Most of the problems in process-orientation come from the fact, that processes are viewed as global artifacts independent and above of the functions (business components). Hence for example the problem of cross-functional processes and lack of authority of process owners in the organization.
If we would build the whole enterprise using component-orientation -- that is to encapsulate the processes inside the business components, and allow only interactions of business components based on well-defined interfaces(SLAs), then there will be no such problems, as every process owner is in full control of its processes and resources needed to perform these.
Additionally enterprise would be way more agile (and self-organizing), as responses to the possible changes are localized into the components, any components can be replaced with the best in industry (outsourced) without any adverse effects to business as whole, and the global flows of activities will adjust themselves to the optimal in given context.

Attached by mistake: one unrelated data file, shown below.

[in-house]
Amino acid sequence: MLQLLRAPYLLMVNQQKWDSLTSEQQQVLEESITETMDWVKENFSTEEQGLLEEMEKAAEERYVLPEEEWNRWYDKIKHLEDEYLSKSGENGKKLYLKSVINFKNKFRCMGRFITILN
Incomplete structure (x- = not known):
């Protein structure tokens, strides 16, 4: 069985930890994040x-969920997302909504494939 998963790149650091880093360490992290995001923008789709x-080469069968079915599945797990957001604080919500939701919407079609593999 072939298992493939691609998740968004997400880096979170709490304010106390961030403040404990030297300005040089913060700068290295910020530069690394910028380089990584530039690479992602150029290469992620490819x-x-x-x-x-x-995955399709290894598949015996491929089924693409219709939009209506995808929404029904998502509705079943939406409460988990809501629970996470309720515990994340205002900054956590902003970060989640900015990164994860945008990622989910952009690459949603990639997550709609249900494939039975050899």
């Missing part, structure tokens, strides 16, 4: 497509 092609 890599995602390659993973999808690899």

If you look from the customer's perspective, then processes are encapsulated inside the component with which you interact.
For example if customer requests for loan offer from sales component, and receives the response from sales component, then it doesn't matter to him/her what other business components are involved and how.
In this case sales component management is completely in charge of the process which is used to produce the response (or service), asit is not crossing borders of component, and component management has SLAs for all the services that it needs/uses from other components -- so there is no need for matrix-organization (with the dual and often conflicting command lines) at all.
To the sales component doesn't actually matter how (using what process) the underwriting is done by the risk management component as long as the SLA for underwriting is not breached.